William Friedkin may not have 100% success rate but few will deny that when he’s good he’s VERY good. My favourite thing about Friedkin is how resolutely he continues to make films that never seem aimed at any target demographic other than actual, sensible adults. Okay, he also made Jade but we can skim over that blip. As a horror fan, I will forever be indebted to Friedkin for his cinematic adaptation of The Exorcist. As a cinema fan, I will forever be indebted to the man for The French Connection. But let’s not forget To Live And Die In L.A. Or Sorcerer. Even Bug, whether you liked it or not, was a very interesting and thought-provoking film. So where exactly does Killer Joe fit into his filmography? Strangely enough, especially considering some of the violence and sexual nature of the content, this is relatively light fare from Friedkin, a neo-noir that’s slightly above average elevated by a few central performances that raise the whole thing to be good-to-near great.
It’s late at night when Chris (Emile Hirsch) raps on the trailer door belonging to his father, Ansel (Thomas Haden Church). His father now lives with his new wife, Sharla (Gina Gershon), and still keeps his daughter Dottie (Juno Temple) under his meagre roof. Chris has had yet another troublesome time with his mother and he’s also in some financial dire straits but he has a plan. In the early scenes of the movie he explains that plan to his father – to hire “Killer” Joe (Matthew McConaughey) to kill his mother and then cash in the insurance policy to pay the man and split the rest between them. Unfortunately, Joe doesn’t do any job without payment up front. Usually. Once he meets Dottie he is quite smitten and agrees to take the job on the condition that he gets to “keep” Dottie as a retainer. This doesn’t seem like a bad deal to Chris, who is confident that his plan will work out well, unlike his past schemes.
While there are moments of harsh violence, a few scenes of strange eroticism and some tension that you could cut with a knife, Killer Joe is actually a twisted and darkly comic look at the family and all that entails, good and bad. It’s a look at dinner table conversations about how to move forward, a look at how emotions can easily overwhelm any small residence and a look at just how much people can hurt the ones they love. On the surface, it’s all about Joe and the job to be done but there’s plenty of other stuff going on in every single scene.
The direction from Friedkin is spot on, adding a few extra images of interest here and there but generally content to simply compliment the writing and performances with just the right shot choice and unflinching attitude to everything that unfolds (one or two scenes run on a little too long, deliberately so, making you squirm in your seat with discomfort).
The script by Tracy Letts, based on his play (he also wrote Bug), is very good once it finds its feet. The first half hour or so is the weakest part of the movie but, as you’d expect, everything gets better whenever Joe is onscreen and the second half of the film has one or two scenes that are strange and stylish and great.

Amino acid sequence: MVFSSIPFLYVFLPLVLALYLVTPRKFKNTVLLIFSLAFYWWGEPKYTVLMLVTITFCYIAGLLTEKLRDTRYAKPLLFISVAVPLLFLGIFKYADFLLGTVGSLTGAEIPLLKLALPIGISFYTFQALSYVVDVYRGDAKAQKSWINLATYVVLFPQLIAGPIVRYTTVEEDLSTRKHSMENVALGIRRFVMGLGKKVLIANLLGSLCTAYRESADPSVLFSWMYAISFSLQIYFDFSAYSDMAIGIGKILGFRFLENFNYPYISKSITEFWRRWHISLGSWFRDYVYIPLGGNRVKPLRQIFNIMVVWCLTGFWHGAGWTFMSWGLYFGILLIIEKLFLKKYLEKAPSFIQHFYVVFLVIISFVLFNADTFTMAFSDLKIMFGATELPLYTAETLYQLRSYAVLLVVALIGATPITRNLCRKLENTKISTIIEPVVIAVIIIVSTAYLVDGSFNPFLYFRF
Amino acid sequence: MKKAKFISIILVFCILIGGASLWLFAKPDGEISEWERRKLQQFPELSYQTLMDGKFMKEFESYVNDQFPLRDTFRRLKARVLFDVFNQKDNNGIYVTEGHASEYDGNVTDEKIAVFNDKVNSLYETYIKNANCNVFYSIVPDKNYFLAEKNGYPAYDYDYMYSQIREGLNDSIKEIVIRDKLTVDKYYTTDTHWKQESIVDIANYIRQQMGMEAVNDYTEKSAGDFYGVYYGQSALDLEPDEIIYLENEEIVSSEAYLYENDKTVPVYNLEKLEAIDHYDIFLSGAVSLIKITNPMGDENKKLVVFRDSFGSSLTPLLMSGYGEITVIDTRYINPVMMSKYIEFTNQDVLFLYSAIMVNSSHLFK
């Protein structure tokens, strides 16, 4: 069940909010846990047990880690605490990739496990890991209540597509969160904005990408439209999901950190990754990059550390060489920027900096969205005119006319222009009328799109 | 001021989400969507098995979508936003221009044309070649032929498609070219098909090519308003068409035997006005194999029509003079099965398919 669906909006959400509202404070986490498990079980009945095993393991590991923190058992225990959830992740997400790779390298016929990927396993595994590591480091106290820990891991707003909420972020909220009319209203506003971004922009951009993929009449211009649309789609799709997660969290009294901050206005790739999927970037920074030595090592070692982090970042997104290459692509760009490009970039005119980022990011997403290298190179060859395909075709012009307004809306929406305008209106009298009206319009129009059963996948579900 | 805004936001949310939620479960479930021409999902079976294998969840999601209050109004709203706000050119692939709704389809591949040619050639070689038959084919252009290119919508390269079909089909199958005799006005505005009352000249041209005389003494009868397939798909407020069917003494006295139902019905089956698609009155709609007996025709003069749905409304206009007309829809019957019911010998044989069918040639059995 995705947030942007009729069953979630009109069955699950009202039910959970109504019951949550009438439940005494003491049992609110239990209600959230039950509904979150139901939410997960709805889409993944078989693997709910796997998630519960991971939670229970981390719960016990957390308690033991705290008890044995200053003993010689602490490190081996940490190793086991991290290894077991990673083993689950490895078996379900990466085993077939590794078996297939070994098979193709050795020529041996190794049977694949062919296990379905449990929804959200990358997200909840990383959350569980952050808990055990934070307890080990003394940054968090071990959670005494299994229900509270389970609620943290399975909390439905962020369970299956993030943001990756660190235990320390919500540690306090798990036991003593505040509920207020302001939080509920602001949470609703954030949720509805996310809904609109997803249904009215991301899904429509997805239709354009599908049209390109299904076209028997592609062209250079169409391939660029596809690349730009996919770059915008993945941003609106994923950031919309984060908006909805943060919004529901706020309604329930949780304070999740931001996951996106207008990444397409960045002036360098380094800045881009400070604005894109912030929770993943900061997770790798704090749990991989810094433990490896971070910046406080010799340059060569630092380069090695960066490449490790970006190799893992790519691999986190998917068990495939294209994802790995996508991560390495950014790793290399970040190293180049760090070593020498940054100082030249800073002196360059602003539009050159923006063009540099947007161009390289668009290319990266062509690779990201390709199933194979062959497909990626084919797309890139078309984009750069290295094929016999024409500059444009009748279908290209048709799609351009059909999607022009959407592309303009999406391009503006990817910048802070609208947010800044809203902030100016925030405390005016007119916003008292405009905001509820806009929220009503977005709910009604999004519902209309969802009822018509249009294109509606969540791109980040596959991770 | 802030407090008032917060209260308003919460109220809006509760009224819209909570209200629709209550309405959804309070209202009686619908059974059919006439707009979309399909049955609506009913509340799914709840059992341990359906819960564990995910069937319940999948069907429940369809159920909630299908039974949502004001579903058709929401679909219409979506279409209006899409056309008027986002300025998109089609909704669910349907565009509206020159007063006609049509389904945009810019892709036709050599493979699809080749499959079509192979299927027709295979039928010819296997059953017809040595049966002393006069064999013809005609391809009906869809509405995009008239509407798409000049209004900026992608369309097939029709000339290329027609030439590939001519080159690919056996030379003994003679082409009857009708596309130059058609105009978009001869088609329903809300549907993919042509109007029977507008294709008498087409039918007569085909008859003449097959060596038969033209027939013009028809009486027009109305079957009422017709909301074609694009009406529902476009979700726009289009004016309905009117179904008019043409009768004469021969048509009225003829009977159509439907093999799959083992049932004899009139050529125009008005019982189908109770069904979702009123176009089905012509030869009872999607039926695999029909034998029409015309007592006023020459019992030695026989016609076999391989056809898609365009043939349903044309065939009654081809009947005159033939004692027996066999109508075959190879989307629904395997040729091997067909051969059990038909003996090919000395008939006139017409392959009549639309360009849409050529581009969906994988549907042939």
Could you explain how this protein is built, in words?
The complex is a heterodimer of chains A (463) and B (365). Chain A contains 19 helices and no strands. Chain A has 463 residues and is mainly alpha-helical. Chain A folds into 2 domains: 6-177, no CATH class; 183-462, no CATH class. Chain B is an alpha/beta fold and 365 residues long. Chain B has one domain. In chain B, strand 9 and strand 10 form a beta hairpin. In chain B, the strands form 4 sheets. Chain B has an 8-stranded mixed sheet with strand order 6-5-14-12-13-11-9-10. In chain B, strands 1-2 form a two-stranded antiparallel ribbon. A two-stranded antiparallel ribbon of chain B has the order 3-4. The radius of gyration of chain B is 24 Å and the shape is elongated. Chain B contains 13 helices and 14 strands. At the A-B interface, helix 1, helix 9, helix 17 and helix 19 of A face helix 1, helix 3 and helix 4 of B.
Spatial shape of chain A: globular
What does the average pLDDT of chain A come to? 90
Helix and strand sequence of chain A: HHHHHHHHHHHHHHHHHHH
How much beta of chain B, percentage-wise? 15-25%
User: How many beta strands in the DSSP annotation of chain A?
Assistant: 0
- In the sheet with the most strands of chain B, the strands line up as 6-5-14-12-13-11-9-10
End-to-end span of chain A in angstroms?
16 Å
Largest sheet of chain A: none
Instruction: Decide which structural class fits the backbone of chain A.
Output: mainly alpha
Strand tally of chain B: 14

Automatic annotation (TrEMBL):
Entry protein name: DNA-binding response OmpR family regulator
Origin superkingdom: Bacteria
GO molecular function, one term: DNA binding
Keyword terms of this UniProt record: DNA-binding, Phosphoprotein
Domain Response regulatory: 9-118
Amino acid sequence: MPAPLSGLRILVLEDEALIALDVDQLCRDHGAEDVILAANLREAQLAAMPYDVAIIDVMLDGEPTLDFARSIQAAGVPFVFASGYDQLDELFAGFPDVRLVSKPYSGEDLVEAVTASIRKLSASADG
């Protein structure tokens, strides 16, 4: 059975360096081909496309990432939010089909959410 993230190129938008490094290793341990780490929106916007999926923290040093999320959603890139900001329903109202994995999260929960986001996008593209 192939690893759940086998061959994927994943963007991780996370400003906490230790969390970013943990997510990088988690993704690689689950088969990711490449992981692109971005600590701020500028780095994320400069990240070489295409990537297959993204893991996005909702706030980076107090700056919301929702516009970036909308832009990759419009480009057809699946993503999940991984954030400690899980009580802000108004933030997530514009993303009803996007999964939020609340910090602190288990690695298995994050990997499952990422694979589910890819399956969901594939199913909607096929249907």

Everything is lifted by the cast and I can’t end this review without heaping praise upon them. Gina Gershon may have one of the lesser characters in the movie but she gives a great, daring, performance. Juno Temple gets to make more of an impact as Dottie, simply due to the effect that she has on those around her, but she also gives a fantastic performance. Emile Hirsch is a young actor I like seeing in films but I think he was a bit of a weak link here. Was he bad? No, no he wasn’t, but I could easily imagine a number of other actors doing something better with the role. Thomas Haden Church benefits from being given a number of great one-liners and delivers them superbly, his character is a bit of a schmuck and the actor has a fun time playing him. Then we have Matthew McConaughey and I’ve saved the best for last. I have always liked McConaughey but, let’s be frank here, he seemed to be intent on jeopardising his own career with bad choice after bad choice over the past 5-10 years. Few people nowadays remember just how much they liked him in A Time To Kill but he managed to win a lot of viewers over again with his great turn in The Lincoln Lawyer and this performance shows just how mesmerising and truly great he can be. In fact, it’s another one that easily sits up there as a contender for the best of his career. Joe has morals, manners and a code of conduct – they may all be warped but he has them – and while his character holds the attention of those around him it’s McConaughey who holds the attention of the audience. Whenever he’s offscreen you want to see him back, carefully considering his words and releasing them in concise and straightforward statements. He’s a killer, he basically “buys” a first date with Dottie and he’s capable of some nasty violence without even batting an eyelid. Yet, in some ways, he’s the ideal head of the family.
It may be a bit too heavy-handed here and there to be a modern classic, and it’s also a bit careless and illogical in places, but Killer Joe is definitely another fine slice of adult entertainment from a man who has already given us enough modern classics to keep us happy. And Jade.
Killer Joe premiered at the EIFF 2012 on 20 June at Festival Theatre.
Director: William Friedkin
Writer: Tracy Letts
Stars: Matthew McConaughey, Emile Hirsch, Juno Temple, Gina Gershon, Thomas Haden Church
Runtime: 103 mins